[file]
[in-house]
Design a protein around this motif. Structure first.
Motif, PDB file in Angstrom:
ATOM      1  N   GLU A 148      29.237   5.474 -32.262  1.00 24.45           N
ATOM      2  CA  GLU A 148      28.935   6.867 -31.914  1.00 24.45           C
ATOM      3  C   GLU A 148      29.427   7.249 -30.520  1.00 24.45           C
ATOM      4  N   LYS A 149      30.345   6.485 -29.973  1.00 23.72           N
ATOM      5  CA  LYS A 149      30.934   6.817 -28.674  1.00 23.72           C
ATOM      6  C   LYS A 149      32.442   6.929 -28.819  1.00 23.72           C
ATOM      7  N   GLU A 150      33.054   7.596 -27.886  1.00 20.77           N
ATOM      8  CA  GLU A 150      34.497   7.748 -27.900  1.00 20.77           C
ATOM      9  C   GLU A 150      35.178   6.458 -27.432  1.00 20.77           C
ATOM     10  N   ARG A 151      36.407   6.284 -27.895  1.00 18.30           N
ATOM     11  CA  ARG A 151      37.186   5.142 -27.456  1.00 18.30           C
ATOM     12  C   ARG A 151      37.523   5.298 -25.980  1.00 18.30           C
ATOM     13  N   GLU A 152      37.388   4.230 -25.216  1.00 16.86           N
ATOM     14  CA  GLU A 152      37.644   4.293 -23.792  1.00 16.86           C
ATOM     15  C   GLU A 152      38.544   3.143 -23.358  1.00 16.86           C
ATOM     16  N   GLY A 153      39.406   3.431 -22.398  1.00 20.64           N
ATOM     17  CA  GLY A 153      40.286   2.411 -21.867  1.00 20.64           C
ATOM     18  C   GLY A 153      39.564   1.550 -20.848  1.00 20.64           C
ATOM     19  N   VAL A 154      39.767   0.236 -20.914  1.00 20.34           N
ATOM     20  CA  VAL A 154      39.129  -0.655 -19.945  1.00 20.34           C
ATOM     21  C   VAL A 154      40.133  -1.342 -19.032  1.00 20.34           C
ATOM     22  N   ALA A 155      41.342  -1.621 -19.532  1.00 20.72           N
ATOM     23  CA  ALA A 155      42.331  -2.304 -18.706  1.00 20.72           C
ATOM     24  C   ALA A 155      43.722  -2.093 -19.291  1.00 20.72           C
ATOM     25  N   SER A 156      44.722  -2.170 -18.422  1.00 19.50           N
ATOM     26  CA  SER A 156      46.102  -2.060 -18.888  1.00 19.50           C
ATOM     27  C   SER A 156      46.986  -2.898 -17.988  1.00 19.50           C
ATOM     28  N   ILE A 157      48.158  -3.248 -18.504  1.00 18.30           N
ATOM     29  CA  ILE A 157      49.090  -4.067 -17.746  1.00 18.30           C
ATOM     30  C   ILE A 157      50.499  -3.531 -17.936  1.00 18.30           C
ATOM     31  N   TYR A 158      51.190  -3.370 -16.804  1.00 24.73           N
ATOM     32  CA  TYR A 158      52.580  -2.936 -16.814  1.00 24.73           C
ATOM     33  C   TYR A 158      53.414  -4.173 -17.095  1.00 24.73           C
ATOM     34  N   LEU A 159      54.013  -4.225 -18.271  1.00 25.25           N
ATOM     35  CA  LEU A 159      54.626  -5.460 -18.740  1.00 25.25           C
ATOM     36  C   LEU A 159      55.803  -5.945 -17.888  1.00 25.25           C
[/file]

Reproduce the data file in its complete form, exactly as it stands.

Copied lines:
[in-house]
Design a protein around this motif. Structure first.
Motif, PDB file in Angstrom:
ATOM      1  N   GLU A 148      29.237   5.474 -32.262  1.00 24.45           N
ATOM      2  CA  GLU A 148      28.935   6.867 -31.914  1.00 24.45           C
ATOM      3  C   GLU A 148      29.427   7.249 -30.520  1.00 24.45           C
ATOM      4  N   LYS A 149      30.345   6.485 -29.973  1.00 23.72           N
ATOM      5  CA  LYS A 149      30.934   6.817 -28.674  1.00 23.72           C
ATOM      6  C   LYS A 149      32.442   6.929 -28.819  1.00 23.72           C
ATOM      7  N   GLU A 150      33.054   7.596 -27.886  1.00 20.77           N
ATOM      8  CA  GLU A 150      34.497   7.748 -27.900  1.00 20.77           C
ATOM      9  C   GLU A 150      35.178   6.458 -27.432  1.00 20.77           C
ATOM     10  N   ARG A 151      36.407   6.284 -27.895  1.00 18.30           N
ATOM     11  CA  ARG A 151      37.186   5.142 -27.456  1.00 18.30           C
ATOM     12  C   ARG A 151      37.523   5.298 -25.980  1.00 18.30           C
ATOM     13  N   GLU A 152      37.388   4.230 -25.216  1.00 16.86           N
ATOM     14  CA  GLU A 152      37.644   4.293 -23.792  1.00 16.86           C
ATOM     15  C   GLU A 152      38.544   3.143 -23.358  1.00 16.86           C
ATOM     16  N   GLY A 153      39.406   3.431 -22.398  1.00 20.64           N
ATOM     17  CA  GLY A 153      40.286   2.411 -21.867  1.00 20.64           C
ATOM     18  C   GLY A 153      39.564   1.550 -20.848  1.00 20.64           C
ATOM     19  N   VAL A 154      39.767   0.236 -20.914  1.00 20.34           N
ATOM     20  CA  VAL A 154      39.129  -0.655 -19.945  1.00 20.34           C
ATOM     21  C   VAL A 154      40.133  -1.342 -19.032  1.00 20.34           C
ATOM     22  N   ALA A 155      41.342  -1.621 -19.532  1.00 20.72           N
ATOM     23  CA  ALA A 155      42.331  -2.304 -18.706  1.00 20.72           C
ATOM     24  C   ALA A 155      43.722  -2.093 -19.291  1.00 20.72           C
ATOM     25  N   SER A 156      44.722  -2.170 -18.422  1.00 19.50           N
ATOM     26  CA  SER A 156      46.102  -2.060 -18.888  1.00 19.50           C
ATOM     27  C   SER A 156      46.986  -2.898 -17.988  1.00 19.50           C
ATOM     28  N   ILE A 157      48.158  -3.248 -18.504  1.00 18.30           N
ATOM     29  CA  ILE A 157      49.090  -4.067 -17.746  1.00 18.30           C
ATOM     30  C   ILE A 157      50.499  -3.531 -17.936  1.00 18.30           C
ATOM     31  N   TYR A 158      51.190  -3.370 -16.804  1.00 24.73           N
ATOM     32  CA  TYR A 158      52.580  -2.936 -16.814  1.00 24.73           C
ATOM     33  C   TYR A 158      53.414  -4.173 -17.095  1.00 24.73           C
ATOM     34  N   LEU A 159      54.013  -4.225 -18.271  1.00 25.25           N
ATOM     35  CA  LEU A 159      54.626  -5.460 -18.740  1.00 25.25           C
ATOM     36  C   LEU A 159      55.803  -5.945 -17.888  1.00 25.25           C